Atty. Rami Hourani
Dispute Resolution is the field of law that is probably the most misunderstood by the general public. The thinking of people is that the work of a lawyer is only for the purpose of filing cases. This is very much not the case. There are many instances where it is prudent to get a lawyer outside of filing a case.
This seems like a strange legal maneuver to pull off but these kinds of deals happen everyday. Examples: A small fender bender where both parties decide to just shake hands instead of getting their insurance companies involved. A mishap on a basketball court where one person is injured due to an unintentional hard foul and everyone grabs beer afterwards. A husband reaches into his wife’s purse to buy something in the grocery store and she scolds him before they forget about it and get ice cream together. Compromise is not an action we talk, it is our default setting as human beings.
The astute amongst you may ask the question though, if compromise is so common, why do we need lawyers? Well, there is a small subset of civil dispute where the issues may be too complex, emotions have raised tensions, each party has widely differing points of view. In these instances, it is often prudent to call a lawyer to negotiate on your behalf. This is because a lawyer communicates two things: First, you take seriously your rights in this dispute and will not be willing to unknowingly bargain them away; Second, if an amicable settlement is not reached you are willing to go to court.
In these instances, some of the standard advice lawyers will give first, is that they be the one’s to communicate on your behalf, second, that they cannot act without your say-so and will need to get in touch with you, and third, the way they will communicate will deviate wildly from the way you want to communicate and you have to be ok with that.
I’ll explain each of these pieces of advice in turn.
First, the reason why a lawyer will insist that he communicate’s on your behalf is he/she wants to restrict the legal liability you might incur. When people communicate, they make certain admissions. If you say you’re going to a PTA conference, you admit you have a child in that school and that you’re an involved parent. If you say that you say you’re sorry, you admit you did something wrong. Especially colorful communication can also result in the crime of threats under Philippine law.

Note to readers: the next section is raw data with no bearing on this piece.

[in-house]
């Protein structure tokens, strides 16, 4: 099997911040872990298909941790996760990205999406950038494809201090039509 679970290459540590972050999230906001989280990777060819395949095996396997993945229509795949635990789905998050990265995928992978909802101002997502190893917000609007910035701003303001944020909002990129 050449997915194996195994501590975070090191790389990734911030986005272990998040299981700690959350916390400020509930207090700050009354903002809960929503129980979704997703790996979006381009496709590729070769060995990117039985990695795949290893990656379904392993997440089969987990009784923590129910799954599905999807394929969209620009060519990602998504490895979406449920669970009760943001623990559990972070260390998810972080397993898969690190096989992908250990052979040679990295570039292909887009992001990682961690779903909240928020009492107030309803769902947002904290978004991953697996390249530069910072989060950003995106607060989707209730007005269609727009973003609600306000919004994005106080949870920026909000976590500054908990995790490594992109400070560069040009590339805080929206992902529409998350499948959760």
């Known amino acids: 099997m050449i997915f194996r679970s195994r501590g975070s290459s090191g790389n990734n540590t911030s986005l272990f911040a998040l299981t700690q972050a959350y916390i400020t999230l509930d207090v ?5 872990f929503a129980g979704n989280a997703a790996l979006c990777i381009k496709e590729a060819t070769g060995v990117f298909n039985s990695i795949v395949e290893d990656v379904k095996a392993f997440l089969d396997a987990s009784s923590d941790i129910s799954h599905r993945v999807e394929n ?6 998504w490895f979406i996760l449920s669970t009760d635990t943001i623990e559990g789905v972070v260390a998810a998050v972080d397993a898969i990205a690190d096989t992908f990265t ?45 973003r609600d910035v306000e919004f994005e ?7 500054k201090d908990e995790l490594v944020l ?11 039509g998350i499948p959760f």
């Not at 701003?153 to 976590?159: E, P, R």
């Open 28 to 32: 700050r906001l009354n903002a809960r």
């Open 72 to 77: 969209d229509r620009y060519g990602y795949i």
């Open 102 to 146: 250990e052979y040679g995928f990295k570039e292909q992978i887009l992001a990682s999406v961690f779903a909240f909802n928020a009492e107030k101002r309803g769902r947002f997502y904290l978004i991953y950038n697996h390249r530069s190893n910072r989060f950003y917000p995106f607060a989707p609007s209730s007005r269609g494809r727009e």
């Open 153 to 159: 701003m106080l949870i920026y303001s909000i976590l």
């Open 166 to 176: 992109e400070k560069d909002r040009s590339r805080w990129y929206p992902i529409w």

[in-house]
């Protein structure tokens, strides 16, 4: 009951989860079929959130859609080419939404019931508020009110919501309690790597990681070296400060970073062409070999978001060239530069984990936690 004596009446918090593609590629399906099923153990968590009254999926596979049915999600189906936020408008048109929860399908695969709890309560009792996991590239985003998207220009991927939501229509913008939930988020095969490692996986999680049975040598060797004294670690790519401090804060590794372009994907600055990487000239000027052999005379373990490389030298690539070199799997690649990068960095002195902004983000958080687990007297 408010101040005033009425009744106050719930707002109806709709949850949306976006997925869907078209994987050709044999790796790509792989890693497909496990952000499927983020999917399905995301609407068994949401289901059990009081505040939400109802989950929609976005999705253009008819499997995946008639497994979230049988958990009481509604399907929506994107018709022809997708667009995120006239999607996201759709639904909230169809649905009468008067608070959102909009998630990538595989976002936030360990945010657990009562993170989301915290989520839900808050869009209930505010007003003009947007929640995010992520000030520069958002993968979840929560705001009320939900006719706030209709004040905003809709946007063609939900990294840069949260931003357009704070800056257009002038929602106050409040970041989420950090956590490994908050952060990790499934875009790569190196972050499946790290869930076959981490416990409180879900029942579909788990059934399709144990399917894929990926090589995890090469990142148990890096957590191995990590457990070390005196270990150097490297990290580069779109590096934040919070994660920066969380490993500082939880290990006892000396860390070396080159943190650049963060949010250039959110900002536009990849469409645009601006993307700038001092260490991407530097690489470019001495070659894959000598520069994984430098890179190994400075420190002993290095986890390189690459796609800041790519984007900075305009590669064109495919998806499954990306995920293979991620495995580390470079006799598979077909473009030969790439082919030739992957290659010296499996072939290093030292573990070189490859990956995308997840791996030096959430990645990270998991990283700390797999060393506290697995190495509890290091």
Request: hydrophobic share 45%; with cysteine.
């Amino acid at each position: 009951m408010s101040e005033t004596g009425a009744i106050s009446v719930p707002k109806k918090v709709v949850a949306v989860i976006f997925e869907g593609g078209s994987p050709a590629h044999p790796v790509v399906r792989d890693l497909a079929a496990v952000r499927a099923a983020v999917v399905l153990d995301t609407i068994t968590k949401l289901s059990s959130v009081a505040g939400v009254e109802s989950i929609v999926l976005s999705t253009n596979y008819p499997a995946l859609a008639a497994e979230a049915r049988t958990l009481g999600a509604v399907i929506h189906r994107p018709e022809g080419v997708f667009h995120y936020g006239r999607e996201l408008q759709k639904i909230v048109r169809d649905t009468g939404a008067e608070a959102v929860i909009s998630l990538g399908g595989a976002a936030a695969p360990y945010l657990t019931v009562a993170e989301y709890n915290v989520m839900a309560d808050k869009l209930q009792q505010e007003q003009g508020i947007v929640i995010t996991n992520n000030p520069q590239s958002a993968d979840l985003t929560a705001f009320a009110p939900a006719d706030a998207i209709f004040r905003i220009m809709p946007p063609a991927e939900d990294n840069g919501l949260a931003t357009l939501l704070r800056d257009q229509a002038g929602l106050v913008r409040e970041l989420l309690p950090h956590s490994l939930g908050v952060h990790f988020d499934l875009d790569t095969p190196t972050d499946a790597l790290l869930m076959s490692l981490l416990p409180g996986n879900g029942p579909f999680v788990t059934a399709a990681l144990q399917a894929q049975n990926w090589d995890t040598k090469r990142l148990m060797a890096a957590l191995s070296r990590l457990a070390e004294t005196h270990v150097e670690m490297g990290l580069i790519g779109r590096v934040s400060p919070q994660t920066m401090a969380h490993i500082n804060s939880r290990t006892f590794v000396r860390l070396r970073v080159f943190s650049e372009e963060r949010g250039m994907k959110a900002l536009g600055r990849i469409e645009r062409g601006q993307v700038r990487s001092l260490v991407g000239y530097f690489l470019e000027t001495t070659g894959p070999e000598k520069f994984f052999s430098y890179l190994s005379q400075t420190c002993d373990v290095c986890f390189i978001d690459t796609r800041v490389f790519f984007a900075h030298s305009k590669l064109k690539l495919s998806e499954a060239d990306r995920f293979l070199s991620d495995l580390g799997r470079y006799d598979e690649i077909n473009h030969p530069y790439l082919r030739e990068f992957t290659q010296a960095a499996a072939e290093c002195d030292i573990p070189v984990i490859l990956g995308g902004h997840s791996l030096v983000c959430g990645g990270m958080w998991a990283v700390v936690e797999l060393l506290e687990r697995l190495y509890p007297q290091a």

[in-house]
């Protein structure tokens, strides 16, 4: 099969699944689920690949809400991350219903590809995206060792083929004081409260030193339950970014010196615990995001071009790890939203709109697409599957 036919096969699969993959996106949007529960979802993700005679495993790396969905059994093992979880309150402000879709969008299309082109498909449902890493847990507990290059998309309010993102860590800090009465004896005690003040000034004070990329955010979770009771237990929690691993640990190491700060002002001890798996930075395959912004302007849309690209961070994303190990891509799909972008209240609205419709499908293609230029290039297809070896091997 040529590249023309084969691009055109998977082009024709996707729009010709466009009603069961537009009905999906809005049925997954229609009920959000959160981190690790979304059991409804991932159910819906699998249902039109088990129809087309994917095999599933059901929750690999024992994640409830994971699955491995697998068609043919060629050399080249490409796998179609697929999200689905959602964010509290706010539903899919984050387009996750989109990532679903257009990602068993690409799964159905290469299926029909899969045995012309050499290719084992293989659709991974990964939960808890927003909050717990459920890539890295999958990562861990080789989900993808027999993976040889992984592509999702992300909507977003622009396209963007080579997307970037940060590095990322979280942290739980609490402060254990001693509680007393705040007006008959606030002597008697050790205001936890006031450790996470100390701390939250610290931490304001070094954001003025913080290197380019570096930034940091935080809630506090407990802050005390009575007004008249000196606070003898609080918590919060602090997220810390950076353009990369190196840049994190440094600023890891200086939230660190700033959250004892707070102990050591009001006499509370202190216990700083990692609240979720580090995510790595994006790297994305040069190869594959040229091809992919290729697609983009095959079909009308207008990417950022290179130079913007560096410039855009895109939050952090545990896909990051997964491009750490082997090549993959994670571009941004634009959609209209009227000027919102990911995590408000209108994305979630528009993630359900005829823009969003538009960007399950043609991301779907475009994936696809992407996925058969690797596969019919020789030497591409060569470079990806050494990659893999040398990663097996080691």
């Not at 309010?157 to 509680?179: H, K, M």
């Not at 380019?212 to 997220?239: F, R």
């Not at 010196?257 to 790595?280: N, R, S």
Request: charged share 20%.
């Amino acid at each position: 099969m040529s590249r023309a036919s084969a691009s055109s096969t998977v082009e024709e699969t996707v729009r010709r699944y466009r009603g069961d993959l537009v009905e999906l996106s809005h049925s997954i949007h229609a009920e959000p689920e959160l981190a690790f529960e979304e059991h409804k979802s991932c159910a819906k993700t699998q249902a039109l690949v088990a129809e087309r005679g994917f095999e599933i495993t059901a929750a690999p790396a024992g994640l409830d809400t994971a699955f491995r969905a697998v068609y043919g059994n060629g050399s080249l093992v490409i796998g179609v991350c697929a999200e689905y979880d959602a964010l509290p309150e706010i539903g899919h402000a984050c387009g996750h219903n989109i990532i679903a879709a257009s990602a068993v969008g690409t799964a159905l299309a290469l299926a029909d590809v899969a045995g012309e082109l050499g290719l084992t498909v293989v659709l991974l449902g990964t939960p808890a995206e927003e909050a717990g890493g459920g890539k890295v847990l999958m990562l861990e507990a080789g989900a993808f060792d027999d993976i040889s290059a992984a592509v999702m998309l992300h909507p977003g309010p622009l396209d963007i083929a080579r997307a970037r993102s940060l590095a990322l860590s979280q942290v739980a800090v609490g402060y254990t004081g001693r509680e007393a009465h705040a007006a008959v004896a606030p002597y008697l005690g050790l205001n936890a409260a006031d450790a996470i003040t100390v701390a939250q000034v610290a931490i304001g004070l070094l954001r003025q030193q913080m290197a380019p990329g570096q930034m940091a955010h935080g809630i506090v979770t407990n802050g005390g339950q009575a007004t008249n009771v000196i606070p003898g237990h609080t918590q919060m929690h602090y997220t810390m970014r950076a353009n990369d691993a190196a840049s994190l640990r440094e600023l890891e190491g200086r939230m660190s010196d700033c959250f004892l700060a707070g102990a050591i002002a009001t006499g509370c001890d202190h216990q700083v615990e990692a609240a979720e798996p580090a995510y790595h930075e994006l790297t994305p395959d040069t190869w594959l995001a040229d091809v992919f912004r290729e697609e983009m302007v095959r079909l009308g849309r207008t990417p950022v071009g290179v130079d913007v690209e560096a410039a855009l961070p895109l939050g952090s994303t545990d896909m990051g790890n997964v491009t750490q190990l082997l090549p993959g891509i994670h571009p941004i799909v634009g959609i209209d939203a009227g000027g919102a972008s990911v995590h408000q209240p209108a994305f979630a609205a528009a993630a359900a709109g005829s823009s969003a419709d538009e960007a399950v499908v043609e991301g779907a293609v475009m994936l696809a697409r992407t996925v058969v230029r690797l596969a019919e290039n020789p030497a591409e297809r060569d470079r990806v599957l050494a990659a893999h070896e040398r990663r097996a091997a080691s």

Second, the reason why they need you to get back to them as soon as possible is because a lawyer’s authority outside of the courtroom is limited in scope. Offers may require immediate responses and they cannot assume what you’re willing to give up in order to make the problem go away. The lawyer may be confronted with aspects of your case that you did not disclose and have a new assessment of your relative bargaining position.
Third, the reason why a lawyer’s communication may not be what you expected is because your lawyer is trying to get a settlement. He/she is not trying to argue your case because there is no impartial third party to settle objections or differences of opinion. This means that every comment, remark or statement which prompts a response only serves to keep the dispute alive. Your lawyer is primarily concerned with how much you’re willing to part with to make the problem go away as opposed to your actual legal liability. As your lawyer may be communicating with another lawyer, his communications will be brief as to not apprise the other side of your intentions or motives.
All of this culminates in the execution of a compromise, quitclaim, or waiver which your lawyer may prepare upon consultation with the lawyer of the other party, if one has been retained. This agreement formally closes the book on your dispute. Thanks for making it to the end of my article! I sincerely hope that you never need my advice!
Atty. Hourani practices law in Cebu City, Philippines. If you would like to set an appointment with him, you may reach him here.